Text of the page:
Oroboros: It’s all about the community – we always submit our stuff to social channels to get feedback. I’m always gauging reactions on items we release, and apply the feedback in the hope of making our current or next creation better. Sometimes we have to take things with a grain of salt as it’s easy to be swayed by a vocal few over the silent majority.

Andrew: It’s hard to judge. Most of the time, the feedback you receive will be one of two things, with a very small minority offering anything you can directly use. You create something they don’t like, you get a Reddit post saying don’t implement this and it gets flamed into the ground, or you create something they do like and you get ASCII spammed.

It’s less about community feedback and more about studying the trends of which items are loved and which are hated and using that data to your advantage to create something players want. There are always exceptions, but that’s usually the case more times than not.


ESL: Next to item creation, you also have to come up with a bit of lore around it. Do you base this of existing lore in Dota 2 or do you look elsewhere?

Bounch: I get most of my ideas for lore from what’s available on the Dota 2 main website, and an awesome thread on dev.dota2 that has breakdowns of every hero and their relationship with the world and other heroes. It’s a great resource and I’ve learned a ton – it’s honestly really fun to see how fleshed out the universe feels, at least considering my original expectations for a game like this. Unfortunately it seems Valve has decided to remove the lore snippets from the store, though I’m hoping it’s only temporary.

Oroboros: It’s all about spinning off existing lore! I rarely deviate from Valve’s lore, as there’s plenty to go off. We always try to tie our submissions to locations and backstory provided by Valve and the community.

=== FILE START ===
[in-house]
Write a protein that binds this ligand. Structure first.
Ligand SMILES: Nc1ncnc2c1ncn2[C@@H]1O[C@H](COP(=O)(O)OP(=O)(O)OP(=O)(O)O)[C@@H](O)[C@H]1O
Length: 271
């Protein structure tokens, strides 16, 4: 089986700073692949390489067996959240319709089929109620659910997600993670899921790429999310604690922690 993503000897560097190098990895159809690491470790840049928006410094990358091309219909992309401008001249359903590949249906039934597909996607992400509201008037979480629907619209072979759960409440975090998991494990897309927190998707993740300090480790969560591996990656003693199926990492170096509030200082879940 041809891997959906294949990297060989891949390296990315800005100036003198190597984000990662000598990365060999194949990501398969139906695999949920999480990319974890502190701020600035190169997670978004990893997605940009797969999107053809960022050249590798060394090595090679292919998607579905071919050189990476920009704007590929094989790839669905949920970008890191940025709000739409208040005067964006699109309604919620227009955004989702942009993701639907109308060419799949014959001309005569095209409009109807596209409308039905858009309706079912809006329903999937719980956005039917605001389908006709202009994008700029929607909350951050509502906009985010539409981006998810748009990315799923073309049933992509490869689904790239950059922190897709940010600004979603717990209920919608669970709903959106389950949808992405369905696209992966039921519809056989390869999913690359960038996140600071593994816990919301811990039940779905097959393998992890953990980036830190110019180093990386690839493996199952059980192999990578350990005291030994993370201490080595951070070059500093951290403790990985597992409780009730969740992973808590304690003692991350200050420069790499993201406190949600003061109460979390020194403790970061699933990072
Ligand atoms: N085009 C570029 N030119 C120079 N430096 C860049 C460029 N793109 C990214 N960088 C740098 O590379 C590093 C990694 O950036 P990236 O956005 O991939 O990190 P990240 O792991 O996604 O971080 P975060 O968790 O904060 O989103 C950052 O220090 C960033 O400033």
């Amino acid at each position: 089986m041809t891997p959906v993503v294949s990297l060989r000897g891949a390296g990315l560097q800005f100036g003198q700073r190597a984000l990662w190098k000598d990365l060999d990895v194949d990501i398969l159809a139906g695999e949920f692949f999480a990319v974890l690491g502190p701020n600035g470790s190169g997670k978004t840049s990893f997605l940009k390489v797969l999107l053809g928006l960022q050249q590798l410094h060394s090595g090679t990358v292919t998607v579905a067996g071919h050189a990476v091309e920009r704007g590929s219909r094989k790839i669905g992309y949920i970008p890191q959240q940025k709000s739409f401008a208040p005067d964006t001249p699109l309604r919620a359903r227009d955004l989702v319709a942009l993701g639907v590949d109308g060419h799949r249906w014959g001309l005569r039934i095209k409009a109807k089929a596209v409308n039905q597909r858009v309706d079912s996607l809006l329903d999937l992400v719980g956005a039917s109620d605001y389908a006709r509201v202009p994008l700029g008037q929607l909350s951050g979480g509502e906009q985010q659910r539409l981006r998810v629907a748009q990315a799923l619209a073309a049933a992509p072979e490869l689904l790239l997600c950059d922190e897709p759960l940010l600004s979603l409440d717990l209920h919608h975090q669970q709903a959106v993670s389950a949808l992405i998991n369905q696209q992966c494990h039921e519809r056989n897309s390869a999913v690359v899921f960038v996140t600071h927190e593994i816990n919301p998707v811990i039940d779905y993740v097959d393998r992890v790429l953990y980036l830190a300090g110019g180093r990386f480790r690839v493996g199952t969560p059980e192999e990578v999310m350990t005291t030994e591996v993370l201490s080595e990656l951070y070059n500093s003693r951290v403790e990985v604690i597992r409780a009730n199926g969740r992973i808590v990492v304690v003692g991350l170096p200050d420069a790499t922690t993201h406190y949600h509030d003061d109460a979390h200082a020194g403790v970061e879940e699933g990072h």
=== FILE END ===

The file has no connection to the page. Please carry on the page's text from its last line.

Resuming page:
Andrew: There is a fantastic mega thread on the dev.dota2 which provides everything about the lore for just about anything. While we do look elsewhere, we usually make sure it makes sense in relation to the big picture in which the Dota universe exists.

ESL: What’s your own favorite item to have worked on or created and which one is your favorite in the entire workshop?

Bounch: My favorite item I have done is probably our Red Panda “Snaggletooth” courier we did last year. He’s not in yet, but we have our fingers crossed for some day soon! I also quite like our ward “Omij, the Sentinel of Knowledge” and still have a soft spot for my first set, “Ancestor’s Pride” for Phantom Lancer.  

There are SO many excellent entries that I couldn’t pick a single favorite. A few standouts for me though are DonDon’s “Father of Dragons” Dragon Knight set, Oni/Zaphk’s “Blessings of the Eternal Eclipse” Luna set, and Motenai’s “Jewels of the Teardrop Ice” Phantom Lancer set.  Again, there’s tons of fantastic stuff out there and I encourage everyone to explore the workshop because you never know what treasure you might find off the front page. Remember to vote!

Oroboros: In terms of an item we worked on, there’s a few but the Snaggletooth courier is probably my favorite one yet. The concept just came together seamlessly, we had plenty of time to spend on it and everyone just loved it. As for a set someone else created, the Twin Blades set for Bounty Hunter by Motenai and Vidotto, which hasn’t gone in yet unfortunately. Honestly, though, there’s so much good stuff waiting to go in from a ton of talented artists that it kind of blows my mind. Too many pending submissions to count.